the modified test signal includes a first error portion which is followed by a first error-free portion having a first predetermined time period which is followed by a trouble portion of sufficient length to be detected and cause the network element to change from the normal operating state to the trouble state, said trouble portion being followed by a second error-free portion having a second predetermined time period which is followed by a second error portion, wherein the modified test signal tests the at least one logical layer and wherein the set of actions includes inhibiting accumulation of the parameters during a time period in which the network element is in the trouble state and accumulating parameters associated with the first and second error portions of the modified test signal.
8. The system as claimed in claim 7 wherein the set of actions includes a subset of immediate actions and a subset of delayed actions.
9. The system as claimed in claim 7 wherein the first error portion includes a single error and the second error portion includes two errors.
10. The system as claimed in claim 7 wherein the single error of the first error portion is identical to each of the two errors of the second error portion.
11. The system as claimed in claim 7 wherein the first predetermined time period is equal to the second predetermined time period.
12. The system as claimed in claim 11 wherein the first and second predetermined time periods are both equal to one second.
13. A method for testing a SONET network element, the method comprising the steps of:
generating a test signal including a payload pointer initially having a first pointer value and subsequently having a second pointer value different from the first pointer value, the payload pointer indicating the location of the beginning of an incoming synchronous payload envelope (SPE) of the test signal in order to extract a payload signal therefrom, the payload signal including information bytes having a predetermined pattern;
detecting the test signal at the network element so that the network element extracts the payload signal from the SPE and to detect the information bytes having the predetermined pattern; and
determining a delay between a first occurrence of the second pointer value and a time when the extracted payload signal includes only the information bytes having the predetermined pattern, wherein the delay indicates how long the network element delays in using the second pointer value.
14. A system for testing a SONET network element, the system comprising:
means for generating a test signal including a payload pointer initially having a first pointer value and subsequently having a second pointer value different from the first pointer value, the payload pointer indicating the location of the beginning of an incoming synchronous payload envelope (SPE) of the test signal in order to extract a payload signal therefrom, the payload signal including information bytes having a predetermined pattern;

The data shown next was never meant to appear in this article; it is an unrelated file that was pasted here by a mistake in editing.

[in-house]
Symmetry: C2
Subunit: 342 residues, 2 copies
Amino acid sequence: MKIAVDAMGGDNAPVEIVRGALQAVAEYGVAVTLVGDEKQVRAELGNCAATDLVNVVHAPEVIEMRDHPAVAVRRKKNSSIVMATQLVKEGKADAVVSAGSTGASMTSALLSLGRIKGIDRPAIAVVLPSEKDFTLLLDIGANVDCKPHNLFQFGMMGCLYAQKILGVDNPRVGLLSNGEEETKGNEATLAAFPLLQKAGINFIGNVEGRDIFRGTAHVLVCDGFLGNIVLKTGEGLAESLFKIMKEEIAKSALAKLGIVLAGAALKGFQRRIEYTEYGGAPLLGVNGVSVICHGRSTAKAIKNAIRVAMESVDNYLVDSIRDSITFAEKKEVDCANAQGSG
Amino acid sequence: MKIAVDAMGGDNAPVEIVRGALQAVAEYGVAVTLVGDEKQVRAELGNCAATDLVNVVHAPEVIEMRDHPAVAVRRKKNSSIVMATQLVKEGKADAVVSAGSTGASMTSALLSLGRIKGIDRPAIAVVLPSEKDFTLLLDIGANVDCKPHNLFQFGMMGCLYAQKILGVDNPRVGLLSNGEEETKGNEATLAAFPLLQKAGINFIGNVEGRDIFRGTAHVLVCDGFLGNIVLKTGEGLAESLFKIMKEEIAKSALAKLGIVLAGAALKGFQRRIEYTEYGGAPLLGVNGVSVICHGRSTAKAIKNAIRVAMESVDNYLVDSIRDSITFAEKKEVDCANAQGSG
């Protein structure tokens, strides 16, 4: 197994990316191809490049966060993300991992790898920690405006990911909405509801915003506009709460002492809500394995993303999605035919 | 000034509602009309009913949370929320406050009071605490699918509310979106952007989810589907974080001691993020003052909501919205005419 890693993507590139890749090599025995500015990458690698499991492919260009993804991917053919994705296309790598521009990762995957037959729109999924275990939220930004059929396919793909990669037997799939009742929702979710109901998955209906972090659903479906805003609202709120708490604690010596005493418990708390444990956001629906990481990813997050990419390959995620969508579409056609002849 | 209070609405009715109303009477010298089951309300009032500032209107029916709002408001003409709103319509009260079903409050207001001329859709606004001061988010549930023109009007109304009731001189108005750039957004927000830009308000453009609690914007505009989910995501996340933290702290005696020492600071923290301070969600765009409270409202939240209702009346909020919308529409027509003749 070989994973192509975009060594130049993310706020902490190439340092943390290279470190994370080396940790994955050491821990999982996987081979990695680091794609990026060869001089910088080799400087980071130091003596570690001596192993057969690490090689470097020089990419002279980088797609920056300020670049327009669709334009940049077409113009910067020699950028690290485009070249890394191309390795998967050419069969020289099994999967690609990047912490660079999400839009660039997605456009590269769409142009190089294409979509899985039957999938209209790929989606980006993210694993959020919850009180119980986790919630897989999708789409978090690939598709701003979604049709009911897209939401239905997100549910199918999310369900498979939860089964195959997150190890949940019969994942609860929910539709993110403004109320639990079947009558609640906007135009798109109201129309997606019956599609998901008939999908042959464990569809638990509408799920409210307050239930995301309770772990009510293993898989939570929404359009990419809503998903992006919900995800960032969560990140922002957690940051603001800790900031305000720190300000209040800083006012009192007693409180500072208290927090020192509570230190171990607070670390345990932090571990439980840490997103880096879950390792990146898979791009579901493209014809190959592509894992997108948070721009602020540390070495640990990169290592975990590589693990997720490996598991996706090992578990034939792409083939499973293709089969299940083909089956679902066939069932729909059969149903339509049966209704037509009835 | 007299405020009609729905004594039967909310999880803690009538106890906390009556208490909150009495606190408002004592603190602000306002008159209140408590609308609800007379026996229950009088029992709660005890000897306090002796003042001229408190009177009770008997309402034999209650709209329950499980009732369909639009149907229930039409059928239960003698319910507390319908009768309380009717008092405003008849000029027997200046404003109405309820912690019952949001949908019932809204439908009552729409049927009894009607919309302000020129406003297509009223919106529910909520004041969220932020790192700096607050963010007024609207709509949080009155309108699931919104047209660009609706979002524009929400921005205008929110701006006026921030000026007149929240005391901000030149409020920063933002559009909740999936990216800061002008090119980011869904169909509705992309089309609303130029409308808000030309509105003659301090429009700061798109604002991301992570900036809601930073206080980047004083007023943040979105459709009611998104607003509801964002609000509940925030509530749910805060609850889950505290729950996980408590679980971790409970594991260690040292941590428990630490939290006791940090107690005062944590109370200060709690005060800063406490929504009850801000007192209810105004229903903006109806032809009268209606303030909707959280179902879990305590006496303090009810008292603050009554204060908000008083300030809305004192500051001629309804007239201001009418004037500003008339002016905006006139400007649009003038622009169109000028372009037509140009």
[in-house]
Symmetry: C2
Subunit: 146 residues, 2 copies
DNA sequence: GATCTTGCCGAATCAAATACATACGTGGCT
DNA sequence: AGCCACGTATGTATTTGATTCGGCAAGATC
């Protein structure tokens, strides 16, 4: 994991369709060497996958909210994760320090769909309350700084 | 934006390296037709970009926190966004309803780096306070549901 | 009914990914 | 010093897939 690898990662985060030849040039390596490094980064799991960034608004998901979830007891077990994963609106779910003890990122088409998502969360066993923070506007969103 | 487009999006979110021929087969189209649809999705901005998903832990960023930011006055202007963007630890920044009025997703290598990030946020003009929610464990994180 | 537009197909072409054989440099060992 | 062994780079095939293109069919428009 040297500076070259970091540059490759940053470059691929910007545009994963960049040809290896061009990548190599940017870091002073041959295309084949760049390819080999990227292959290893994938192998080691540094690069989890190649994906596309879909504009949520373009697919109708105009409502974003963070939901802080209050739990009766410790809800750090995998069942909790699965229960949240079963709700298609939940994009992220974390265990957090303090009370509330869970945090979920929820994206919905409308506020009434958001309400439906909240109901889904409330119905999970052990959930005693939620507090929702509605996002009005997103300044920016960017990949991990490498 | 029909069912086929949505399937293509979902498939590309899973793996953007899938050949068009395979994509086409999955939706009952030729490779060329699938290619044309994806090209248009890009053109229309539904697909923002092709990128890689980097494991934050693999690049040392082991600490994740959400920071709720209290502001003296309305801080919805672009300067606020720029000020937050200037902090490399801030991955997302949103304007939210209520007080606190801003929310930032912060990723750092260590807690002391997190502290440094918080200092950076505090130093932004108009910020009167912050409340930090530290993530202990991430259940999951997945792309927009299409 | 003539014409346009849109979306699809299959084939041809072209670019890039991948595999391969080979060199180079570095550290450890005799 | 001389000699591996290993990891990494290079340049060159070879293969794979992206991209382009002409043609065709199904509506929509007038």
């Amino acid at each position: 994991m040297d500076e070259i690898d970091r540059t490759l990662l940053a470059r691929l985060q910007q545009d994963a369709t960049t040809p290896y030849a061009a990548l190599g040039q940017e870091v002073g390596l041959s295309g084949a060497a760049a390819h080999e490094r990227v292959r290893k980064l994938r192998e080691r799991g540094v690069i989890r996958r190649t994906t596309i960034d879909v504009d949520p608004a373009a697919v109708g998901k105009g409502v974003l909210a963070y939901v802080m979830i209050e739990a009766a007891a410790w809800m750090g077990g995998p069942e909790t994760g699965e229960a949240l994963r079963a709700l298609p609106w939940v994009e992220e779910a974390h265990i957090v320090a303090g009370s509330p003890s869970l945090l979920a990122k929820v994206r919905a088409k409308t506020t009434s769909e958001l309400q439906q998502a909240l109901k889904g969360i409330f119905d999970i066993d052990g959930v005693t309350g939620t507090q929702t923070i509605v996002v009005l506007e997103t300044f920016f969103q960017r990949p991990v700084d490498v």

means for detecting the test signal at the network element so that the network element extracts the payload signal from the SPE and to detect the information bytes having the predetermined pattern; and
means for determining a delay between a first occurrence of the second pointer value and a time when the extracted payload signal includes only the information bytes having the predetermined pattern, wherein the delay indicates how long the network element delays in using the second pointer value.
Description
TECHNICAL FIELD

This invention relates to testing methods and systems and, in particular, to testing methods and systems for SONET network elements.

BACKGROUND ART

A synchronous optical network (SONET) is well known in the art and includes network elements (NEs) such as Add-Drop Multiplexers (ADM's). With respect to operations data networking, the SONET NEs are either Gateway NEs, Intermediate NEs, or End NEs as illustrated in FIG. 1.

SONET signals have rates and formats as defined in BELLCORE TECHNICAL REFERENCE entitled "Synchronous Optical Network (SONET) Transport Systems: Common Generic Criteria", TR-NWT-00253 (TR 253), which contains many criteria that are applicable to SONET NEs. This is realized by defining a basic signal of 51.840 Mb/s and a byte interleaved multiplex scheme. The basic signal can be divided into a portion assigned to overhead and a portion that carries the payload. Payload pointers are mechanisms that allow the payload to shift relative to the overhead, thus permitting the accommodation of different signal phases and frame rates in multiplexing.